Political Lessons, and … the Hugo Awards?

I ran for elective office this year, and lost. (For the record, I spent about 0.41% of the total that all four candidates in my district spent up until the election, and I got 3.5% of the vote. Not close to winning, but a good return on my meager investment.)

I was also nominated for a Hugo Award this year, and lost. The story behind that has been chronicled on this blog and elsewhere, and I won’t go into it in this post. (For the record, and as nearly as I can tell from trying to figure out the preferential voting numbers, about 9% of the 5100 novelette voters selected my story as their first choice. I ended up in fourth place . . . two spots below “No Award.”)

I introduce the fact of my being on political and literary ballots this year because I observed two things in the recent Town Council election process that seem pertinent to this year’s Hugo Awards. Specifically, that the political parties inserted themselves deeply into what was supposed to be a nonpartisan race, and other players also wielded considerable influence; and that a lot of voter information was readily available for the candidates to use.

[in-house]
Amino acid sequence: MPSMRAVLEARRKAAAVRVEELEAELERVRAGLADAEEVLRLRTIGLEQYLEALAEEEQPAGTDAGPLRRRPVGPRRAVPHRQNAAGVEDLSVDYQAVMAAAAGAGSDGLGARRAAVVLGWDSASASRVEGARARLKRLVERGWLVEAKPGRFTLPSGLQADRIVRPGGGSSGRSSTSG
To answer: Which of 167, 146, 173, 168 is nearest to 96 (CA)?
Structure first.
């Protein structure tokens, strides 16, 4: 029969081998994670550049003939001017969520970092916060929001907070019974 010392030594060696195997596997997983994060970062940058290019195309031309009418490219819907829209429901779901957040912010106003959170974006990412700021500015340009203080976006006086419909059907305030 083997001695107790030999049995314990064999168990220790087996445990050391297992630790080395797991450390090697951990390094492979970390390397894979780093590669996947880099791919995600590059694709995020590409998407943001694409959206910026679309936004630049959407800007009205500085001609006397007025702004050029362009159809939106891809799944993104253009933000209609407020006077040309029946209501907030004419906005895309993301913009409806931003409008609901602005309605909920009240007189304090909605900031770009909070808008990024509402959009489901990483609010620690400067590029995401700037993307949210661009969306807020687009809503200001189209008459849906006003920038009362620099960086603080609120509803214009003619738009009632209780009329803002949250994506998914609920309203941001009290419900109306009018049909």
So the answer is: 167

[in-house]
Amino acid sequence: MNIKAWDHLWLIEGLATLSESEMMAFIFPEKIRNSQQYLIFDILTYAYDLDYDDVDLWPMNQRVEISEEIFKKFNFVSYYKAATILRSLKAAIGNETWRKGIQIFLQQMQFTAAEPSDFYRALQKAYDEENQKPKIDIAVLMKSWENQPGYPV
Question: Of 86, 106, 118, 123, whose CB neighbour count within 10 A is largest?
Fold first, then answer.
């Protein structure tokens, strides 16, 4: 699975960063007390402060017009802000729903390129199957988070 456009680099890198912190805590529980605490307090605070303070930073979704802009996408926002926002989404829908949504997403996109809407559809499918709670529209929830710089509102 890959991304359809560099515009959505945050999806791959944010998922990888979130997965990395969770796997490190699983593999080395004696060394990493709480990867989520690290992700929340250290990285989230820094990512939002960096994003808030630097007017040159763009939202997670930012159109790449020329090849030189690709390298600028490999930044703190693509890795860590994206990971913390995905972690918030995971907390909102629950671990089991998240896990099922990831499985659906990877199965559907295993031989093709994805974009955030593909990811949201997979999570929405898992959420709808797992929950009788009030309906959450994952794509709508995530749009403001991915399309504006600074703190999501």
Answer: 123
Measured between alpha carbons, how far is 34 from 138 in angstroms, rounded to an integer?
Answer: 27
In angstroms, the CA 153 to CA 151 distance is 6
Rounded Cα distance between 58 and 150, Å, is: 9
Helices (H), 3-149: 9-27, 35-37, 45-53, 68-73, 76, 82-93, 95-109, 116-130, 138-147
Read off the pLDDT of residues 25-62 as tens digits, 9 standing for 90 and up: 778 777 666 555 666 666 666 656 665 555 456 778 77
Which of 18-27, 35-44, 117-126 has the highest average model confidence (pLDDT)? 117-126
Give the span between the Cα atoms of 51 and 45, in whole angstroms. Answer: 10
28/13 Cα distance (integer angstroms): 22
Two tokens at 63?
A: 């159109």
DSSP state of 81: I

Now, with the caveat that this post is very long, I’ll try to make those connections.